Custom Report Excerpts:
Section 6. Discrimination, Societal Abuses, and Trafficking in Persons
Members of National/Racial/Ethnic Minority Groups
The regime actively restricted national and ethnic minorities from conducting traditional, religious, and cultural activities. The Kurdish population–citizens and noncitizens–faced official and societal discrimination and repression as well as regime-sponsored violence. In July the COI reported instances of the regime torturing, beating, and denying food and water to Kurdish civilians, at times interrogating them about their faith and ethnicity. Regime and proregime forces, as well as ISIS and armed opposition forces such as the Turkish-backed SNA, reportedly arrested, detained, tortured, killed, and otherwise abused numerous Kurdish activists and individuals as well as members of the SDF during the year (see section 1.g.). The COI reported a consistent, discernible pattern of abuses by SNA forces against Kurdish residents in Afrin and Ras al-Ayn, including “[c]ases of detentions, killings, beatings, and abductions, in addition to widespread looting and appropriation of civilian homes.”
The regime continued to limit the use and teaching of the Kurdish language. It also restricted publication in Kurdish of books and other materials, Kurdish cultural expression, and at times the celebration of Kurdish festivals. The Alawite community, to which President Assad belongs, enjoyed privileged status throughout the regime and dominated the state security apparatus and military leadership. Nevertheless, the regime reportedly also targeted Alawite opposition activists for arbitrary arrest, torture, detention, and killing. Extremist opposition groups targeted Alawite communities on several occasions for their perceived proregime stance.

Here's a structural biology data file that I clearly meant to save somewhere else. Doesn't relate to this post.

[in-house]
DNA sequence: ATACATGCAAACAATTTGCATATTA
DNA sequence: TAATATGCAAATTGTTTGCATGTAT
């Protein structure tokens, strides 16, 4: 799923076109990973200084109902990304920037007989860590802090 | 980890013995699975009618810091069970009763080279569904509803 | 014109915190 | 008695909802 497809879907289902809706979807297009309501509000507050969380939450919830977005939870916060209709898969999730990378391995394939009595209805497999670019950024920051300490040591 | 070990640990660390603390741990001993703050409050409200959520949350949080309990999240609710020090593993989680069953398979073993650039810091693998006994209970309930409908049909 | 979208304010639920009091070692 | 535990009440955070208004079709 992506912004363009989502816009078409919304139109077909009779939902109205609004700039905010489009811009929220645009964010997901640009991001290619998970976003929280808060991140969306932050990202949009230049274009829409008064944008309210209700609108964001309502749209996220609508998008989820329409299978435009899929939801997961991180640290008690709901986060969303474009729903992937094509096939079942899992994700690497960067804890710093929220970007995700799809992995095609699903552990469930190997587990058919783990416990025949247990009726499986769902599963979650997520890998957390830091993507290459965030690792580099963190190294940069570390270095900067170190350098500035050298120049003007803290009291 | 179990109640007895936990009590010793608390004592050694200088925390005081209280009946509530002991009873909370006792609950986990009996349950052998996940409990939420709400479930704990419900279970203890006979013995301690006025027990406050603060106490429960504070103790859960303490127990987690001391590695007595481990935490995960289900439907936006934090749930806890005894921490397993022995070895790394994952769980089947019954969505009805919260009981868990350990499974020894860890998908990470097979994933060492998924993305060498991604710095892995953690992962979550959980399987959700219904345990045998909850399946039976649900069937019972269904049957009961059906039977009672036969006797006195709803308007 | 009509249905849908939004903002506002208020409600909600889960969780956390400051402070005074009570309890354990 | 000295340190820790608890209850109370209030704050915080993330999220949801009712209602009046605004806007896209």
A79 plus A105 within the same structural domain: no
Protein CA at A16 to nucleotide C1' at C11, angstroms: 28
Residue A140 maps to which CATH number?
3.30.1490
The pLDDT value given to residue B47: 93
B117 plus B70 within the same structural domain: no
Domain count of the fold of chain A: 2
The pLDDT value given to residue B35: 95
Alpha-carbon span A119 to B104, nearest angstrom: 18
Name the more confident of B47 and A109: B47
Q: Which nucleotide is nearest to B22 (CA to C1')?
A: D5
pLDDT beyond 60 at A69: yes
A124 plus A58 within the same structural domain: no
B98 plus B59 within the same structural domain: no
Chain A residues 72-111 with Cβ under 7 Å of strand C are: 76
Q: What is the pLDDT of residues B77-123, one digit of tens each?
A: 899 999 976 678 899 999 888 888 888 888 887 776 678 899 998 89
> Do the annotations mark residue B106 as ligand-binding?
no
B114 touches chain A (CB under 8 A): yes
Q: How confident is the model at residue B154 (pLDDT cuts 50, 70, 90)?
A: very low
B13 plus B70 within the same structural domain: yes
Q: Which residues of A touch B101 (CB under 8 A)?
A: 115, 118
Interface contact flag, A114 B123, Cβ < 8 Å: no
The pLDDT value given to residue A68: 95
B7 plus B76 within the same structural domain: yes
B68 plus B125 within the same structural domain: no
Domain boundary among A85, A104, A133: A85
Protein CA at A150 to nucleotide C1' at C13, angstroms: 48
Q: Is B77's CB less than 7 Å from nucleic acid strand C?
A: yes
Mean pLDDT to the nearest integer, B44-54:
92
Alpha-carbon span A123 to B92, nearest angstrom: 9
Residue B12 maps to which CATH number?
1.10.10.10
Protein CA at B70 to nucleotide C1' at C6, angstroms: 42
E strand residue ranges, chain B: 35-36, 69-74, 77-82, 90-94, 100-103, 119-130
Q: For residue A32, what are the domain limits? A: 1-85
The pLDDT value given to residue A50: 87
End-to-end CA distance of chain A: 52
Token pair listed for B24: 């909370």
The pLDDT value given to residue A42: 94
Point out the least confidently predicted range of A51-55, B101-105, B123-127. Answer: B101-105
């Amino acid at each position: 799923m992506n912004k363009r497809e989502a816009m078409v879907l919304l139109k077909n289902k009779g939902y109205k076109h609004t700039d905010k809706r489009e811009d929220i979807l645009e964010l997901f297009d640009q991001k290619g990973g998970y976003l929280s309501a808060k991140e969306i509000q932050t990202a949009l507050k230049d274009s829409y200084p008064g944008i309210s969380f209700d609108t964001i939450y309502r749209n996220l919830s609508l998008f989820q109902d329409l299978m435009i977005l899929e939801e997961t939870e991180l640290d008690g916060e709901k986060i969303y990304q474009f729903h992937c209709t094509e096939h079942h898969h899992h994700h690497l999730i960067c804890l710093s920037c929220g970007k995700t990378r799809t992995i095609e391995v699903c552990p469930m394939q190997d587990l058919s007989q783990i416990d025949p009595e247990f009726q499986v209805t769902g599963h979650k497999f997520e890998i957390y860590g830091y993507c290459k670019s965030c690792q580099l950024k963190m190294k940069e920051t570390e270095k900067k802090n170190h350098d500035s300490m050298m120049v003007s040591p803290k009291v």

The September COI report stated that women belonging to the Yezidi religious minority were detained and urged to convert to Islam during interrogation. The HTS violently oppressed and discriminated against all non-Sunni Arab ethnic minorities in the territories it controlled, and ISIS members continued to target ethnic and religious minorities in attacks (see section 1.g.).